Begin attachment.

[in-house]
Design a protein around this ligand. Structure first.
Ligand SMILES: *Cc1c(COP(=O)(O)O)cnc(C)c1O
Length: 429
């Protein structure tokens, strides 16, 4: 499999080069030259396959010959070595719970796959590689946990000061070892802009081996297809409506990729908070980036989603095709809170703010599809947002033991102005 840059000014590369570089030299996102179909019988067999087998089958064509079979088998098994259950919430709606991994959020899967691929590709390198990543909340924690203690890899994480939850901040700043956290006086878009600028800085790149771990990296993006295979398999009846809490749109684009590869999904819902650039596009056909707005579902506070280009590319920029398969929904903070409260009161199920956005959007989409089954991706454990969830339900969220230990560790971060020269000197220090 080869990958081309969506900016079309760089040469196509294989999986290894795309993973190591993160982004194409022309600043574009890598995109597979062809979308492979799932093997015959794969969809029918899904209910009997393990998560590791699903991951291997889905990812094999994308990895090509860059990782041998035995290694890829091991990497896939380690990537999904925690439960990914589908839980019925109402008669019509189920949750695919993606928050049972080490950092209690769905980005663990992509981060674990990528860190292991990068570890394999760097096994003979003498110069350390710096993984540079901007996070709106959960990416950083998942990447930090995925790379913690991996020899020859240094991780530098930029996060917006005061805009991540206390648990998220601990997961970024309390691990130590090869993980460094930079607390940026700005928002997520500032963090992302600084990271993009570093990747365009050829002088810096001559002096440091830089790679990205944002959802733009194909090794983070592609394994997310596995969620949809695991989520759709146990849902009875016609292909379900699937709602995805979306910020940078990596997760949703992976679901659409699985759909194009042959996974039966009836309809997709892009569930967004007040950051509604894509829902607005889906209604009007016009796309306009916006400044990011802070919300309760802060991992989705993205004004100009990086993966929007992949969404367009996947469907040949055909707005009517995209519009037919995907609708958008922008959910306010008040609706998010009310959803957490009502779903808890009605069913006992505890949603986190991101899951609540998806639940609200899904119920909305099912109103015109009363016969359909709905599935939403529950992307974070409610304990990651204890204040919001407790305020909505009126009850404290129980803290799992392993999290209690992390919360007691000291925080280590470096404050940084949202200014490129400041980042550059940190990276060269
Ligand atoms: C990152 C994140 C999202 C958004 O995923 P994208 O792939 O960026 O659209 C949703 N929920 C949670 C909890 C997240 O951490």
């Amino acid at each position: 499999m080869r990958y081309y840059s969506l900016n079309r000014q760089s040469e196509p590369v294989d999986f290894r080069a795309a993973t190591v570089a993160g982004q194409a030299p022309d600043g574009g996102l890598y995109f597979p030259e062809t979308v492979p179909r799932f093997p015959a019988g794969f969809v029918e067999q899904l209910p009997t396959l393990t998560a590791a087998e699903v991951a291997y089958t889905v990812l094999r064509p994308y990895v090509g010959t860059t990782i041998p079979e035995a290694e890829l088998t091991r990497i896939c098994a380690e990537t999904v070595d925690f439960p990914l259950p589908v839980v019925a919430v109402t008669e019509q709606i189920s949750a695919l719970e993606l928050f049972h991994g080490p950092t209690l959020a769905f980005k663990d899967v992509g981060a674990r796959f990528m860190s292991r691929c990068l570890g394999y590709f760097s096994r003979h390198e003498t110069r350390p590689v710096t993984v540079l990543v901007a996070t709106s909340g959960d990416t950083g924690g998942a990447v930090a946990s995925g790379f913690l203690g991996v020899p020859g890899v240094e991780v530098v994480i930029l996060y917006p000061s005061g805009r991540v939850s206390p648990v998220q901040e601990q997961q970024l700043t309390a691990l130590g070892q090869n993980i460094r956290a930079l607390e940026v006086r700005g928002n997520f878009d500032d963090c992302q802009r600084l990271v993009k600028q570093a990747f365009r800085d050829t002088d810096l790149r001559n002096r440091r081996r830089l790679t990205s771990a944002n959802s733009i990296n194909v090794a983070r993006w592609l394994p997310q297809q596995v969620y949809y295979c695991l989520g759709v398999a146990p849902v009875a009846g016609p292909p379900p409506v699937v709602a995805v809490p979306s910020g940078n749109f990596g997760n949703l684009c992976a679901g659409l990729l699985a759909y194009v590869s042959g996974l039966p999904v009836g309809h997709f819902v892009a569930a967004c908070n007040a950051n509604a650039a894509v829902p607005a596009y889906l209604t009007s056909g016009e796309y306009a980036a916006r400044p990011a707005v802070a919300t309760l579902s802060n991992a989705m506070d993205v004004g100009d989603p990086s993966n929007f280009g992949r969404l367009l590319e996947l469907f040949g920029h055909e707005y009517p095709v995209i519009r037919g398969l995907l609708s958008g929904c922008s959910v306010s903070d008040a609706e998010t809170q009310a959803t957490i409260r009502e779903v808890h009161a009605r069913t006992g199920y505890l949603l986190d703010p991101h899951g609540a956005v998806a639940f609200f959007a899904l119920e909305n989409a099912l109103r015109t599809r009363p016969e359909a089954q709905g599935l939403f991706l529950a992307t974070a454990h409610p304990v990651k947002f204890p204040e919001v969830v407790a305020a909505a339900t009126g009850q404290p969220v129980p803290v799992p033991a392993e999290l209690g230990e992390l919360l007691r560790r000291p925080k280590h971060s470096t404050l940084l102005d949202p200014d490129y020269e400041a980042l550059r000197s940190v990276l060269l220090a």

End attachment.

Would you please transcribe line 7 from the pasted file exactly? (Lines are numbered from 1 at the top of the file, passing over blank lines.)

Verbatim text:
């Amino acid at each position: 499999m080869r990958y081309y840059s969506l900016n079309r000014q760089s040469e196509p590369v294989d999986f290894r080069a795309a993973t190591v570089a993160g982004q194409a030299p022309d600043g574009g996102l890598y995109f597979p030259e062809t979308v492979p179909r799932f093997p015959a019988g794969f969809v029918e067999q899904l209910p009997t396959l393990t998560a590791a087998e699903v991951a291997y089958t889905v990812l094999r064509p994308y990895v090509g010959t860059t990782i041998p079979e035995a290694e890829l088998t091991r990497i896939c098994a380690e990537t999904v070595d925690f439960p990914l259950p589908v839980v019925a919430v109402t008669e019509q709606i189920s949750a695919l719970e993606l928050f049972h991994g080490p950092t209690l959020a769905f980005k663990d899967v992509g981060a674990r796959f990528m860190s292991r691929c990068l570890g394999y590709f760097s096994r003979h390198e003498t110069r350390p590689v710096t993984v540079l990543v901007a996070t709106s909340g959960d990416t950083g924690g998942a990447v930090a946990s995925g790379f913690l203690g991996v020899p020859g890899v240094e991780v530098v994480i930029l996060y917006p000061s005061g805009r991540v939850s206390p648990v998220q901040e601990q997961q970024l700043t309390a691990l130590g070892q090869n993980i460094r956290a930079l607390e940026v006086r700005g928002n997520f878009d500032d963090c992302q802009r600084l990271v993009k600028q570093a990747f365009r800085d050829t002088d810096l790149r001559n002096r440091r081996r830089l790679t990205s771990a944002n959802s733009i990296n194909v090794a983070r993006w592609l394994p997310q297809q596995v969620y949809y295979c695991l989520g759709v398999a146990p849902v009875a009846g016609p292909p379900p409506v699937v709602a995805v809490p979306s910020g940078n749109f990596g997760n949703l684009c992976a679901g659409l990729l699985a759909y194009v590869s042959g996974l039966p999904v009836g309809h997709f819902v892009a569930a967004c908070n007040a950051n509604a650039a894509v829902p607005a596009y889906l209604t009007s056909g016009e796309y306009a980036a916006r400044p990011a707005v802070a919300t309760l579902s802060n991992a989705m506070d993205v004004g100009d989603p990086s993966n929007f280009g992949r969404l367009l590319e996947l469907f040949g920029h055909e707005y009517p095709v995209i519009r037919g398969l995907l609708s958008g929904c922008s959910v306010s903070d008040a609706e998010t809170q009310a959803t957490i409260r009502e779903v808890h009161a009605r069913t006992g199920y505890l949603l986190d703010p991101h899951g609540a956005v998806a639940f609200f959007a899904l119920e909305n989409a099912l109103r015109t599809r009363p016969e359909a089954q709905g599935l939403f991706l529950a992307t974070a454990h409610p304990v990651k947002f204890p204040e919001v969830v407790a305020a909505a339900t009126g009850q404290p969220v129980p803290v799992p033991a392993e999290l209690g230990e992390l919360l007691r560790r000291p925080k280590h971060s470096t404050l940084l102005d949202p200014d490129y020269e400041a980042l550059r000197s940190v990276l060269l220090a």